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Submission + - Canadian bank monitors customers' browsing activity 1

hyades1 writes: A story by CBC News says if you got a Visa credit card through Canada's Toronto-Dominion Bank, the cardholder agreement you sign allows the bank to collect information about all of your on-line activities, even those not related to banking. There are disclaimers about how the information will be used, but close examination indicates they amount to, "We can take whatever information we want from wherever we like, and use it in whatever way suits us.

Former journalist and communications expert Colin Laughlan contacted CBC's "Go Public" after trying for more than a year to get TD to address the issue, and finding out that their repeated assurances that the issue had been dealt with weren't true.

CBC's story on Laughlan's efforts to secure his privacy from bankers' prying eyes can be found here:


Comment They're asking the wrong question (Score 1) 480

"That means that the appropriate question should be directed to makers of electric cars: What are you doing to make selling electric cars as profitable and painless for your dealers as selling gasoline or diesel vehicles?"


The appropriate question to be directed at makers of electric cars is, "Why do you need dealers?"

I could mention that dealerships are the Number 1 reason why a large segment of auto-owning population puts buying a car on about the same level as leaving your kids with a suspected child molester. However, just about anybody who has ever done business with a car dealership already knows this.

Comment Re:Why complain about a "feature"? (Score 1) 360

You nailed it, my friend! When you tie this level of invasiveness with Free World governments that have enshrined in law their "right" to go to Microsoft, Google, Facebook and such, and just take whatever data they want (then forbid the company from advising anybody that they've turned over literally everything), it's a good reason to just go somewhere else for an OS.

I've been around since Win3.1. Win10 will never go on any computer I own.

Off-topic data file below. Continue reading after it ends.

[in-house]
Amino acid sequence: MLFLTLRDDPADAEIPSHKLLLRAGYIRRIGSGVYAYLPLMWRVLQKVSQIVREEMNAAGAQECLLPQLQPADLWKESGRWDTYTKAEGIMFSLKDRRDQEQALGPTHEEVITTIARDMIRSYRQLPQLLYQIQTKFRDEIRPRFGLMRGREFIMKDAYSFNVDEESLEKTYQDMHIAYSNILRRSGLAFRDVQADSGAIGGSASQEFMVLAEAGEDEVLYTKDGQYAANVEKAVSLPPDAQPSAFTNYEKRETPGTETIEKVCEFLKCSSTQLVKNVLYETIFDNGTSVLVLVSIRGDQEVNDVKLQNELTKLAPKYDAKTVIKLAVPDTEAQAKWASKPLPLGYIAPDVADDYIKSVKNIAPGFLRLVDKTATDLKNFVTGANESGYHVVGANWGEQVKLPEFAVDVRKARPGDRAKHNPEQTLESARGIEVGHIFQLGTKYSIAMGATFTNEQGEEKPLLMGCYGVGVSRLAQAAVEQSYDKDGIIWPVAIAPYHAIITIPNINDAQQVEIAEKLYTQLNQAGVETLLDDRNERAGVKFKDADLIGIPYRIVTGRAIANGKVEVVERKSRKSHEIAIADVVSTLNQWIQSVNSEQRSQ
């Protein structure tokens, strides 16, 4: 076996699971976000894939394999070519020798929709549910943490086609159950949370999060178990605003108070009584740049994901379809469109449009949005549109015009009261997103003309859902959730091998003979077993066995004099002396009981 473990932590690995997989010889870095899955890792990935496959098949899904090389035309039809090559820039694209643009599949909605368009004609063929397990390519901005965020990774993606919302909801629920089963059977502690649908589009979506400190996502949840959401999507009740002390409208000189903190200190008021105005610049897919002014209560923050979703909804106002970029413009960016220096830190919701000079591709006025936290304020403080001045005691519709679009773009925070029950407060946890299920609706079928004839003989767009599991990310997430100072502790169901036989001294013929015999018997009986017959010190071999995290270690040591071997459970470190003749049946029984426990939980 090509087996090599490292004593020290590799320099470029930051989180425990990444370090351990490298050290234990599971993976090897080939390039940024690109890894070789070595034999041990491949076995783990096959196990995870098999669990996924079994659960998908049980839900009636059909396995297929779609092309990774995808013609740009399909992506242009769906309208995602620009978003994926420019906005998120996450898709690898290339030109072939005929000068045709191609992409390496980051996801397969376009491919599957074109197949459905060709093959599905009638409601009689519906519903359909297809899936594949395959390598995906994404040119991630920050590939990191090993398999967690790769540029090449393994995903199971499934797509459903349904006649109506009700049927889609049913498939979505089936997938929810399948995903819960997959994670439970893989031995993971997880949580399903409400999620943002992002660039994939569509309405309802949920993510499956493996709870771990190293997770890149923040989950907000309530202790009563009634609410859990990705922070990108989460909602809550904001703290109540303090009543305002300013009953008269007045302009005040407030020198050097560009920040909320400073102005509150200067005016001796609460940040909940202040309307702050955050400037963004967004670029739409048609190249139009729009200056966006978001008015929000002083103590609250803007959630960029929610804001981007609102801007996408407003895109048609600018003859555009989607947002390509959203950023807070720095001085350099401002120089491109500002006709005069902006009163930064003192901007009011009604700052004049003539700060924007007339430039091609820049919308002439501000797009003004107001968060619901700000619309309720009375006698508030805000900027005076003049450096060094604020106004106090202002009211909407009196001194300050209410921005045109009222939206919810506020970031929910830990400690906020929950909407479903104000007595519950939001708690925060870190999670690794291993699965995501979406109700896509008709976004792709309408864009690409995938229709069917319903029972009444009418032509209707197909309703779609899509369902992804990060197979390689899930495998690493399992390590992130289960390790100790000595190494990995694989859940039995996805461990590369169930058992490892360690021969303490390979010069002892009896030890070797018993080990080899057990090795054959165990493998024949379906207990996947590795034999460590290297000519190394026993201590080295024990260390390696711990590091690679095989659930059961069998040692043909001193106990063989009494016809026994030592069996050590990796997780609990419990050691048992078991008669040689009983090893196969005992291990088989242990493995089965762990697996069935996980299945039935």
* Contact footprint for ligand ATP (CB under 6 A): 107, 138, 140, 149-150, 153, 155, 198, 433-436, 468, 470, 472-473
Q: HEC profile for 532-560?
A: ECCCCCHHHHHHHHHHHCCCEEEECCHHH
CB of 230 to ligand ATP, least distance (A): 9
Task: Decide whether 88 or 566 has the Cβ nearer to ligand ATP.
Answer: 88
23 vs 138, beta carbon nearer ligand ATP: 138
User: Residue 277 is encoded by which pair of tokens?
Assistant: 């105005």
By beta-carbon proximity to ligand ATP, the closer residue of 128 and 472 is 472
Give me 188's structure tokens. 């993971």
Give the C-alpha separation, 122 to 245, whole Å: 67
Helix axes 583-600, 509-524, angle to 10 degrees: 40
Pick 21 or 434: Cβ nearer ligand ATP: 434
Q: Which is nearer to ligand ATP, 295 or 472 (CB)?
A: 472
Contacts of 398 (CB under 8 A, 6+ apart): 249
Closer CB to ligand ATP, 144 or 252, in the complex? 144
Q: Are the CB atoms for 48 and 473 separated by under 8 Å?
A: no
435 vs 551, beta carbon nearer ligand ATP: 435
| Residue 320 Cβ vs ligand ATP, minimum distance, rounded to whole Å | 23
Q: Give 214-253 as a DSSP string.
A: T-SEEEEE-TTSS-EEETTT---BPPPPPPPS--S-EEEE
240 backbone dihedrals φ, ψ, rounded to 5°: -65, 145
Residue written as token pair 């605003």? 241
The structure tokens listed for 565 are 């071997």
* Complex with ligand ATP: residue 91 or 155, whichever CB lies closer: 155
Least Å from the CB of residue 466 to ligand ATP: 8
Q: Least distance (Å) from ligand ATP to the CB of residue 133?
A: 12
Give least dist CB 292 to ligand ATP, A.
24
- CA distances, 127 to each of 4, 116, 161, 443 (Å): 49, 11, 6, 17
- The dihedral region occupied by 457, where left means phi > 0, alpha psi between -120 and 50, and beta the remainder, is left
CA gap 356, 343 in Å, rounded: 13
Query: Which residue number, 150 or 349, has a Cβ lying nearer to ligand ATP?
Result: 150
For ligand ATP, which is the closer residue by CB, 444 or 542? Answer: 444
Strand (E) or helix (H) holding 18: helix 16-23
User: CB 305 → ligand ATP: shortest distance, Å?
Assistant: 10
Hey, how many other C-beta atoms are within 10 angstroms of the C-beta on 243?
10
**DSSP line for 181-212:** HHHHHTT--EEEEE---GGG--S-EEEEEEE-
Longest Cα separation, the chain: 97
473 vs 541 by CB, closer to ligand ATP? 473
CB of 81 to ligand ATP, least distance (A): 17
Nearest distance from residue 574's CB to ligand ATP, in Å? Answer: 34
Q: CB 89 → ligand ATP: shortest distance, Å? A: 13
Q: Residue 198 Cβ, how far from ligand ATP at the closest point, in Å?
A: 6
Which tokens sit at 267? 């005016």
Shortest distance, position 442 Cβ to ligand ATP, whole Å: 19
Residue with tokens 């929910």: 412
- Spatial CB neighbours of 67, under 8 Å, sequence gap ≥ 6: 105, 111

It's not that I lead any kind of an interesting life, but I place a high value on my privacy, and have little trust in powerful organizations that are so intent on turning me into a marketable commodity with only the rights and freedoms which suit them at the moment.

Comment Re:More importantly (Score 1) 154

That's certainly what caught my attention. And it could go a long way toward making these things workable.

Let's face it, there's going to be huge push-back from people who don't want to get stuck behind a vehicle that drives under the speed limit most of the time, and there's bound to be wankers who try to get a pay-off by throwing themselves at the car or cutting in front of it in their scrap-worthy beater.

Comment Re:No mistakes, right? (Score 1) 320

They've done an excellent job on other occasions when they published names. Case in point, outing the KKK. Another group tried to claim credit and defuse their work with false accusations, but it got shot down pretty fast.

Were you just too lazy to find out a little about the situation before you shot off your mouth, or do you just like to throw around the term "vigilante"?

Comment There are news sites that do this better (Score 0, Troll) 965

Why is this here? How many Slashdot visitors are so computer-challenged that they haven't found out about this already, and gone to a website where they can find out a lot more about it than what they'll get here?

For the love of god, this points readers at CNN!!! It might as well send us to Pravda or Faux Noise (oops...that was supposed to be Fox News)

Please, no more of this space-filling, time-wasting, off-topic crap.

Bell Labs Unix -- Reach out and grep someone.